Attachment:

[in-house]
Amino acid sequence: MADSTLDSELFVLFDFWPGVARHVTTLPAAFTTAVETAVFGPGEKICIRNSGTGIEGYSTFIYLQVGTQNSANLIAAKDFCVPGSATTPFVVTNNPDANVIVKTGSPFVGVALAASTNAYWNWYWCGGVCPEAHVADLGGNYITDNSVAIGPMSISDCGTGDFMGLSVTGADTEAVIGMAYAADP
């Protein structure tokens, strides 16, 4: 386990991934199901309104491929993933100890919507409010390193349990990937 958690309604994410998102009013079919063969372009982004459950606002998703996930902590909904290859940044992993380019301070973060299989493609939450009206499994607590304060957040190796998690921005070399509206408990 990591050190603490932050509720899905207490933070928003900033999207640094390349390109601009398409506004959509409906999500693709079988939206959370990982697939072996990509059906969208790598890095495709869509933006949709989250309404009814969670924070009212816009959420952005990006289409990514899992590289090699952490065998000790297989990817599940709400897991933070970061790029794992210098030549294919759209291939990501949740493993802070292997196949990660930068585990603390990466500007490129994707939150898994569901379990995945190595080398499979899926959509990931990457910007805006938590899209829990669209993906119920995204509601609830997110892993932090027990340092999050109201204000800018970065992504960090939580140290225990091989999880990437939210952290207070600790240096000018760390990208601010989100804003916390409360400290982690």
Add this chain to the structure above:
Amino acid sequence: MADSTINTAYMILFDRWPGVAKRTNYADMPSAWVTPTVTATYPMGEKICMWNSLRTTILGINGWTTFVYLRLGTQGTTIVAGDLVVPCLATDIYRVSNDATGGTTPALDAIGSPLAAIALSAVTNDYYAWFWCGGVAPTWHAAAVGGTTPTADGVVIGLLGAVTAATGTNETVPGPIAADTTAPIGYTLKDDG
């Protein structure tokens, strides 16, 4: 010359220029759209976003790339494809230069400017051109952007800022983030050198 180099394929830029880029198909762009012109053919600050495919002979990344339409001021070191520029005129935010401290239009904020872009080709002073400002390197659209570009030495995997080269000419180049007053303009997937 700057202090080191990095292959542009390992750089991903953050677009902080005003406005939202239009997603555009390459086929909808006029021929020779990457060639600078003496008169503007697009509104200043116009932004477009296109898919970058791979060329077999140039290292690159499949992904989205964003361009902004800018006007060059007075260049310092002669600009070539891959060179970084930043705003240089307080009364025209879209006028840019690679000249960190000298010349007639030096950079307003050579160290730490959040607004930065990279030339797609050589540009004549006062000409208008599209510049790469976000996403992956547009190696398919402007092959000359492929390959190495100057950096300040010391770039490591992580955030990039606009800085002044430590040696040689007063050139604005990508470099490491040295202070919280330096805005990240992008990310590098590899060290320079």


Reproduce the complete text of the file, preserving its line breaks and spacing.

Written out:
[in-house]
Amino acid sequence: MADSTLDSELFVLFDFWPGVARHVTTLPAAFTTAVETAVFGPGEKICIRNSGTGIEGYSTFIYLQVGTQNSANLIAAKDFCVPGSATTPFVVTNNPDANVIVKTGSPFVGVALAASTNAYWNWYWCGGVCPEAHVADLGGNYITDNSVAIGPMSISDCGTGDFMGLSVTGADTEAVIGMAYAADP
């Protein structure tokens, strides 16, 4: 386990991934199901309104491929993933100890919507409010390193349990990937 958690309604994410998102009013079919063969372009982004459950606002998703996930902590909904290859940044992993380019301070973060299989493609939450009206499994607590304060957040190796998690921005070399509206408990 990591050190603490932050509720899905207490933070928003900033999207640094390349390109601009398409506004959509409906999500693709079988939206959370990982697939072996990509059906969208790598890095495709869509933006949709989250309404009814969670924070009212816009959420952005990006289409990514899992590289090699952490065998000790297989990817599940709400897991933070970061790029794992210098030549294919759209291939990501949740493993802070292997196949990660930068585990603390990466500007490129994707939150898994569901379990995945190595080398499979899926959509990931990457910007805006938590899209829990669209993906119920995204509601609830997110892993932090027990340092999050109201204000800018970065992504960090939580140290225990091989999880990437939210952290207070600790240096000018760390990208601010989100804003916390409360400290982690």
Add this chain to the structure above:
Amino acid sequence: MADSTINTAYMILFDRWPGVAKRTNYADMPSAWVTPTVTATYPMGEKICMWNSLRTTILGINGWTTFVYLRLGTQGTTIVAGDLVVPCLATDIYRVSNDATGGTTPALDAIGSPLAAIALSAVTNDYYAWFWCGGVAPTWHAAAVGGTTPTADGVVIGLLGAVTAATGTNETVPGPIAADTTAPIGYTLKDDG
């Protein structure tokens, strides 16, 4: 010359220029759209976003790339494809230069400017051109952007800022983030050198 180099394929830029880029198909762009012109053919600050495919002979990344339409001021070191520029005129935010401290239009904020872009080709002073400002390197659209570009030495995997080269000419180049007053303009997937 700057202090080191990095292959542009390992750089991903953050677009902080005003406005939202239009997603555009390459086929909808006029021929020779990457060639600078003496008169503007697009509104200043116009932004477009296109898919970058791979060329077999140039290292690159499949992904989205964003361009902004800018006007060059007075260049310092002669600009070539891959060179970084930043705003240089307080009364025209879209006028840019690679000249960190000298010349007639030096950079307003050579160290730490959040607004930065990279030339797609050589540009004549006062000409208008599209510049790469976000996403992956547009190696398919402007092959000359492929390959190495100057950096300040010391770039490591992580955030990039606009800085002044430590040696040689007063050139604005990508470099490491040295202070919280330096805005990240992008990310590098590899060290320079």